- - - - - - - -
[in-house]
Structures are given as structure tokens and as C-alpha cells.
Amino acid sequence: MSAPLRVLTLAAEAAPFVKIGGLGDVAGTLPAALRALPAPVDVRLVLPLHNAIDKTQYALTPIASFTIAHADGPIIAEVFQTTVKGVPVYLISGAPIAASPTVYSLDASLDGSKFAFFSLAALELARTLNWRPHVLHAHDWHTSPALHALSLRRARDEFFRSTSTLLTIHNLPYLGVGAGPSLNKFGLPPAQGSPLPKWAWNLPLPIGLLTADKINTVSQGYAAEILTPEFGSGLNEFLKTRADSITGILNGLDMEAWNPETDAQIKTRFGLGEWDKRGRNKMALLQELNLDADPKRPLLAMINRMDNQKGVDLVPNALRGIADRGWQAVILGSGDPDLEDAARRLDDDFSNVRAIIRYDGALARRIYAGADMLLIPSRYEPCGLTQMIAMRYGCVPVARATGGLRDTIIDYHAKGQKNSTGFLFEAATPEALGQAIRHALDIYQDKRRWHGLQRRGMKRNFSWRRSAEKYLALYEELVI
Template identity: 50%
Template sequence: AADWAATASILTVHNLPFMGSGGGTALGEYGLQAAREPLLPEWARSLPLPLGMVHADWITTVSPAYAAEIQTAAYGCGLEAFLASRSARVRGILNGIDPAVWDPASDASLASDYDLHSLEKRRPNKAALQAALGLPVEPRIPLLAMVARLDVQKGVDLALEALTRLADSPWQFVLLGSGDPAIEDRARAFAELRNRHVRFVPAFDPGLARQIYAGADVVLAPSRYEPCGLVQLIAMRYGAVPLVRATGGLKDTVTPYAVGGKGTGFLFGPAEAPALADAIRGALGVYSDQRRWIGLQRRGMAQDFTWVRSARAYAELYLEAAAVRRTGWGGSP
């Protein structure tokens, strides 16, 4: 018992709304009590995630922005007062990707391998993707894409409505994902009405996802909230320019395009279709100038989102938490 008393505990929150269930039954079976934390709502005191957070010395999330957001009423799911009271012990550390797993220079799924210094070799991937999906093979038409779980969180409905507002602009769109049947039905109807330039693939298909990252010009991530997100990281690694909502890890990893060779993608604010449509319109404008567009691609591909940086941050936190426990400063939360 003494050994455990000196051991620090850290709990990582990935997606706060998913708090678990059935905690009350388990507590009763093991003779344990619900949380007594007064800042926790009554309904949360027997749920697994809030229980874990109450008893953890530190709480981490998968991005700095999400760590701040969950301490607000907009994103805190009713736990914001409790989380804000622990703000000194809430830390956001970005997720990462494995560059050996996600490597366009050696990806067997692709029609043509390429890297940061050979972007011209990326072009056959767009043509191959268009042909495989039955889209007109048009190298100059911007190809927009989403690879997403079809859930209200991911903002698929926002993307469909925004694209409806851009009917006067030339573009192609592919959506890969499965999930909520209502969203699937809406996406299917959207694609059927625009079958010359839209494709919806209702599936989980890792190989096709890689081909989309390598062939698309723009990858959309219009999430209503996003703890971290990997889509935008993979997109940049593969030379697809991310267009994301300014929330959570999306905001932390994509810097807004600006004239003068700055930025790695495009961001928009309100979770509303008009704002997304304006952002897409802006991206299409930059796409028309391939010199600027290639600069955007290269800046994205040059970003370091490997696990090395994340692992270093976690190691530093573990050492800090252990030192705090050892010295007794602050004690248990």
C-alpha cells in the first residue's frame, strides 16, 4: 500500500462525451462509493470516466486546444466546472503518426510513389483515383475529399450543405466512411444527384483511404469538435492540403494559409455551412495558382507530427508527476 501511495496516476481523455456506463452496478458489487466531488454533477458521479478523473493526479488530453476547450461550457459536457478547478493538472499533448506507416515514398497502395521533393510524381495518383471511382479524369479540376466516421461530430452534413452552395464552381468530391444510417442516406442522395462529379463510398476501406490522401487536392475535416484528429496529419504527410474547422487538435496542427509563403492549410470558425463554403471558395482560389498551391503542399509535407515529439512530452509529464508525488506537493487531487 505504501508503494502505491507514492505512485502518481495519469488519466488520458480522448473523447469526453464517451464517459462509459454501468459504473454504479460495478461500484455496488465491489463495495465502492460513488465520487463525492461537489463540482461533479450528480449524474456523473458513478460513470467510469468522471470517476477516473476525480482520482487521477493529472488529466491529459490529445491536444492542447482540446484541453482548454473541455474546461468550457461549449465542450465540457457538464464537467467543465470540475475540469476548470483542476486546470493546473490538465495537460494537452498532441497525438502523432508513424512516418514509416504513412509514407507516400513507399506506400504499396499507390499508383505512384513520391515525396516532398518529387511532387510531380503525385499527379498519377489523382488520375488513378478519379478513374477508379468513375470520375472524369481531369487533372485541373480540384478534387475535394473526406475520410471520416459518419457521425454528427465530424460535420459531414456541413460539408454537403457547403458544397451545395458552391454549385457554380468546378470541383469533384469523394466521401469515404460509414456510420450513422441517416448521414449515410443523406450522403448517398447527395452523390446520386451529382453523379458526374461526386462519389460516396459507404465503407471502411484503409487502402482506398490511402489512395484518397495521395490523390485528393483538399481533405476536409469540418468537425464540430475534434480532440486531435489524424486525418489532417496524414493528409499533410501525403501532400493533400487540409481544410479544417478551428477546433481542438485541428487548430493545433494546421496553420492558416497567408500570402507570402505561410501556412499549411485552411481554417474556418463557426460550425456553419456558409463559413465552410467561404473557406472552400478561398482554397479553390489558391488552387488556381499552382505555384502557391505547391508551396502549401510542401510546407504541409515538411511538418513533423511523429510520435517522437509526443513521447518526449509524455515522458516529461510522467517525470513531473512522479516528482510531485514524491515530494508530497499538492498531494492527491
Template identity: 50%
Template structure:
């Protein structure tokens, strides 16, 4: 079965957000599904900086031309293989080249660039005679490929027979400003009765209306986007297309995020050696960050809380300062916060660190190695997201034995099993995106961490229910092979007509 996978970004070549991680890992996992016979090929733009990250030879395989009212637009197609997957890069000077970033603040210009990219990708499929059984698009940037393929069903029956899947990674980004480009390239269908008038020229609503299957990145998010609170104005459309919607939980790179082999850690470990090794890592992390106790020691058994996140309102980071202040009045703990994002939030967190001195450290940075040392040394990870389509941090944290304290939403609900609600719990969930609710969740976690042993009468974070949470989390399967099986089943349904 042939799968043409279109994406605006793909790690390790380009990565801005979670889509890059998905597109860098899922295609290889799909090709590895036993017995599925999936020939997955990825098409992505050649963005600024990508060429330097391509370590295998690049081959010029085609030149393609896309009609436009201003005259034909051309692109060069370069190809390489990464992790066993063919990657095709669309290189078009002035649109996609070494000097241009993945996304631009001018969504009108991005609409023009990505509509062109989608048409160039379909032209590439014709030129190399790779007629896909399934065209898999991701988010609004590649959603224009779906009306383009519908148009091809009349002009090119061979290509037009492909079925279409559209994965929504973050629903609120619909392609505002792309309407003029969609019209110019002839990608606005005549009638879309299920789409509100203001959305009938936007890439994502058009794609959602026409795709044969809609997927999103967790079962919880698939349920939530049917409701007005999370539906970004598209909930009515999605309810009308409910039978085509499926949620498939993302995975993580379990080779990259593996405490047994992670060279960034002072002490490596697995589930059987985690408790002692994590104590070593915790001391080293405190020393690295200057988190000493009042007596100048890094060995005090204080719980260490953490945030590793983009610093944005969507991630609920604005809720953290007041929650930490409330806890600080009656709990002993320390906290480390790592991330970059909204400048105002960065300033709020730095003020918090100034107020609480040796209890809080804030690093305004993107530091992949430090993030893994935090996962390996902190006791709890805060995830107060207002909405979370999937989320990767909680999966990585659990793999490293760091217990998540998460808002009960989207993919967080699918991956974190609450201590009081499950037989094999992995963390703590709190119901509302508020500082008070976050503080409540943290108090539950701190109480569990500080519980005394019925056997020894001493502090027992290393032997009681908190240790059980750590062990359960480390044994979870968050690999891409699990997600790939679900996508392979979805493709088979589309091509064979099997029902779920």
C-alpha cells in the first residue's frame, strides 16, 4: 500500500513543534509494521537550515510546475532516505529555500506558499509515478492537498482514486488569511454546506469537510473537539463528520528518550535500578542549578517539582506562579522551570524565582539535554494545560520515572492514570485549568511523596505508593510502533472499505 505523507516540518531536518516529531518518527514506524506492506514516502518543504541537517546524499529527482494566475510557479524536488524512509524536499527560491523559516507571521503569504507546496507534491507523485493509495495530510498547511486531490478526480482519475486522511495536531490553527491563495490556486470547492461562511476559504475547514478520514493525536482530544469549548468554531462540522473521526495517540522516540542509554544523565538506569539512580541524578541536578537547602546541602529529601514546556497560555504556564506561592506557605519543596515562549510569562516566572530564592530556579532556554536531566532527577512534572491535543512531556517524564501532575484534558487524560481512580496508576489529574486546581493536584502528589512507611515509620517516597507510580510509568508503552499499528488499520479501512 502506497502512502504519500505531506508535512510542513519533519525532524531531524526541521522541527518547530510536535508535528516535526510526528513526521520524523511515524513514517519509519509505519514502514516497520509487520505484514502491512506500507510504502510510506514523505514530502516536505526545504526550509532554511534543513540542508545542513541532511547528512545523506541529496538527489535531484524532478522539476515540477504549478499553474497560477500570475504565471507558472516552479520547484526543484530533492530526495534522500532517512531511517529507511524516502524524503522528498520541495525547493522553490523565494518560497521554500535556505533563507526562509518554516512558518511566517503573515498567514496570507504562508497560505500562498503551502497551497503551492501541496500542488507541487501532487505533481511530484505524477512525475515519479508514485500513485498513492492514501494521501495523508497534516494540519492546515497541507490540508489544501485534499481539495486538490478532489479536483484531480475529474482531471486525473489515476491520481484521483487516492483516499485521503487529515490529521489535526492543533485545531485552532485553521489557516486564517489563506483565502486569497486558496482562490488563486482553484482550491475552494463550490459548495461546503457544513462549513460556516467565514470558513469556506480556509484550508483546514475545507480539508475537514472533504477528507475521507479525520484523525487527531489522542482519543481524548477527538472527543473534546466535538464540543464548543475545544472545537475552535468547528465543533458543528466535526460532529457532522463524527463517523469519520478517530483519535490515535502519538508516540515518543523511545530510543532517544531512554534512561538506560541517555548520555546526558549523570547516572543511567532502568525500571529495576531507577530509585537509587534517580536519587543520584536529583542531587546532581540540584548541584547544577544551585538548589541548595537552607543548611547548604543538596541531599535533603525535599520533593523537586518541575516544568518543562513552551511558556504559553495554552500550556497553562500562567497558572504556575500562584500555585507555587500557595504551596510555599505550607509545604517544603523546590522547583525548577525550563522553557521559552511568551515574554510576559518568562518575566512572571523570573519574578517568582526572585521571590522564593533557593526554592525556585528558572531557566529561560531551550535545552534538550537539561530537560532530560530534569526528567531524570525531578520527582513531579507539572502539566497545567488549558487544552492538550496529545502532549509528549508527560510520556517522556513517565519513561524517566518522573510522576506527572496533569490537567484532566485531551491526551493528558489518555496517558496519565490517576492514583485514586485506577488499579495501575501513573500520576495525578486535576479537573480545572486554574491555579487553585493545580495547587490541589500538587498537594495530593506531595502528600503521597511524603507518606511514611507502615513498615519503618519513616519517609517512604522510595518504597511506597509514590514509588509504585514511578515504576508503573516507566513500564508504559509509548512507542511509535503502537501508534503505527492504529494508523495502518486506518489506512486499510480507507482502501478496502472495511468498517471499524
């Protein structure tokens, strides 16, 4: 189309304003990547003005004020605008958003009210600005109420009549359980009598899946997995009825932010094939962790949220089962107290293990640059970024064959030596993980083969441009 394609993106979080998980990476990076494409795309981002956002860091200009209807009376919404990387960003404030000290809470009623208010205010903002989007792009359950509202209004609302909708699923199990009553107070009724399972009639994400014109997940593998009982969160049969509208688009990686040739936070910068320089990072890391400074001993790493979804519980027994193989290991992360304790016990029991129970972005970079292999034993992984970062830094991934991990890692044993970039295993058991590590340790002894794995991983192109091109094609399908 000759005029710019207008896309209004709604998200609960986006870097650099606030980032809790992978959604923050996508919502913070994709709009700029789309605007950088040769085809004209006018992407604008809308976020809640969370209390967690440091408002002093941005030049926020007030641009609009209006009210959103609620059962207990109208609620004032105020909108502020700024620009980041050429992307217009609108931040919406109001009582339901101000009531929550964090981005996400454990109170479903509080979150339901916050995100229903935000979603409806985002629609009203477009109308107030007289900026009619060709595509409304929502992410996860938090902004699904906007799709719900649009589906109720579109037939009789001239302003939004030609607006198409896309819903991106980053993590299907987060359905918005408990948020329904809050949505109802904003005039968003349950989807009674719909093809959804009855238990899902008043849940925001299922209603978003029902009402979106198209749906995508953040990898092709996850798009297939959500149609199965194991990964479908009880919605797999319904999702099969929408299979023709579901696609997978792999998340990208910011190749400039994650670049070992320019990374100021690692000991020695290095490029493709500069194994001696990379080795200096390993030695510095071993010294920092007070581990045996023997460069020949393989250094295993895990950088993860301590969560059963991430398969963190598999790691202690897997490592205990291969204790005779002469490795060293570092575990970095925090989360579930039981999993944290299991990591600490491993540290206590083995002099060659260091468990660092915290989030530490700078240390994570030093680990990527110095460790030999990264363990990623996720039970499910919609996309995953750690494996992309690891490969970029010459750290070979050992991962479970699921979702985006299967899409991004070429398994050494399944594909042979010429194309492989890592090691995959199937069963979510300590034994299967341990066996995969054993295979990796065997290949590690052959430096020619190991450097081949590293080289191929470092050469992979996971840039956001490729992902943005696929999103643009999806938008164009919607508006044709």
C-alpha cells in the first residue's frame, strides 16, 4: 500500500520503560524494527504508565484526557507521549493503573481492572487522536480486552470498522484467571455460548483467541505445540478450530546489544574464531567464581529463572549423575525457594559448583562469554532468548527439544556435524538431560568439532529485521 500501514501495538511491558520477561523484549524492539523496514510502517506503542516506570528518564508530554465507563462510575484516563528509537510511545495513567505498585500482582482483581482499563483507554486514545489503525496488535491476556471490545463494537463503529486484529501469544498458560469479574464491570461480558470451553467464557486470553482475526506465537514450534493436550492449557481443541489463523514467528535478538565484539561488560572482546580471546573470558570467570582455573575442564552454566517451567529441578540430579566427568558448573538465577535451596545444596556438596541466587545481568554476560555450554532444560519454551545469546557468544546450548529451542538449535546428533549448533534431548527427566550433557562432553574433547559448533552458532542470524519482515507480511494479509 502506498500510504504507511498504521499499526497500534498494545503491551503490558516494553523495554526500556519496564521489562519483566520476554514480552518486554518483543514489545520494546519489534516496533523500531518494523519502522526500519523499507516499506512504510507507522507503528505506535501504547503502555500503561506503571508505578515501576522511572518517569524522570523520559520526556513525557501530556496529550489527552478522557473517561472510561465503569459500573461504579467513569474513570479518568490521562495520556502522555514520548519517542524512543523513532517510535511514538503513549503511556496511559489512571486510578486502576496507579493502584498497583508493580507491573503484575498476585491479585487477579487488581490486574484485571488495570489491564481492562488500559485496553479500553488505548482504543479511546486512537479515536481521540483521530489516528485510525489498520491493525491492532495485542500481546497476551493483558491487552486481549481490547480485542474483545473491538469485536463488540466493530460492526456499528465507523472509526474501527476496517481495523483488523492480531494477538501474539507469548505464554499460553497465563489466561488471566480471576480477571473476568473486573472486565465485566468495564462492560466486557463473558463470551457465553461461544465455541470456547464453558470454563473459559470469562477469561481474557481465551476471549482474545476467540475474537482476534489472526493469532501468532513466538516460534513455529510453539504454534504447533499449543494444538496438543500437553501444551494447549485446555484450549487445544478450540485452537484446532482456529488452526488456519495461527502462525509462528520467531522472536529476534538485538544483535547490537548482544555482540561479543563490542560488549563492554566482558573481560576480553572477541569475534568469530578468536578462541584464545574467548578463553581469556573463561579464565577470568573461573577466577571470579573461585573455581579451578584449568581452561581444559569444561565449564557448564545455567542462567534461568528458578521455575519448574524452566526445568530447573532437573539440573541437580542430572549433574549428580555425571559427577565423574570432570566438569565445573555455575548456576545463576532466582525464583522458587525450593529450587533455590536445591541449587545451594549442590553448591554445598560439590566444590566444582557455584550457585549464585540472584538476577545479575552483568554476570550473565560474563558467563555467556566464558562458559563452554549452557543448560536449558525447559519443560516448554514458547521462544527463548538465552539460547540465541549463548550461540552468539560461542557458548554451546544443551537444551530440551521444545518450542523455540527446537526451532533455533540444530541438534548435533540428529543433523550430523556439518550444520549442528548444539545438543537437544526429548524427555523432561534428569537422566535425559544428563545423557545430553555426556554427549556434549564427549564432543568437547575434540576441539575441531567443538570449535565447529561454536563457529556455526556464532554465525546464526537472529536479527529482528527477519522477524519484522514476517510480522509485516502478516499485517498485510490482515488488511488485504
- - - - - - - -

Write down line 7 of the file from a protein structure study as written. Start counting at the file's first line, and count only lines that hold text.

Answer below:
C-alpha cells in the first residue's frame, strides 16, 4: 500500500462525451462509493470516466486546444466546472503518426510513389483515383475529399450543405466512411444527384483511404469538435492540403494559409455551412495558382507530427508527476 501511495496516476481523455456506463452496478458489487466531488454533477458521479478523473493526479488530453476547450461550457459536457478547478493538472499533448506507416515514398497502395521533393510524381495518383471511382479524369479540376466516421461530430452534413452552395464552381468530391444510417442516406442522395462529379463510398476501406490522401487536392475535416484528429496529419504527410474547422487538435496542427509563403492549410470558425463554403471558395482560389498551391503542399509535407515529439512530452509529464508525488506537493487531487 505504501508503494502505491507514492505512485502518481495519469488519466488520458480522448473523447469526453464517451464517459462509459454501468459504473454504479460495478461500484455496488465491489463495495465502492460513488465520487463525492461537489463540482461533479450528480449524474456523473458513478460513470467510469468522471470517476477516473476525480482520482487521477493529472488529466491529459490529445491536444492542447482540446484541453482548454473541455474546461468550457461549449465542450465540457457538464464537467467543465470540475475540469476548470483542476486546470493546473490538465495537460494537452498532441497525438502523432508513424512516418514509416504513412509514407507516400513507399506506400504499396499507390499508383505512384513520391515525396516532398518529387511532387510531380503525385499527379498519377489523382488520375488513378478519379478513374477508379468513375470520375472524369481531369487533372485541373480540384478534387475535394473526406475520410471520416459518419457521425454528427465530424460535420459531414456541413460539408454537403457547403458544397451545395458552391454549385457554380468546378470541383469533384469523394466521401469515404460509414456510420450513422441517416448521414449515410443523406450522403448517398447527395452523390446520386451529382453523379458526374461526386462519389460516396459507404465503407471502411484503409487502402482506398490511402489512395484518397495521395490523390485528393483538399481533405476536409469540418468537425464540430475534434480532440486531435489524424486525418489532417496524414493528409499533410501525403501532400493533400487540409481544410479544417478551428477546433481542438485541428487548430493545433494546421496553420492558416497567408500570402507570402505561410501556412499549411485552411481554417474556418463557426460550425456553419456558409463559413465552410467561404473557406472552400478561398482554397479553390489558391488552387488556381499552382505555384502557391505547391508551396502549401510542401510546407504541409515538411511538418513533423511523429510520435517522437509526443513521447518526449509524455515522458516529461510522467517525470513531473512522479516528482510531485514524491515530494508530497499538492498531494492527491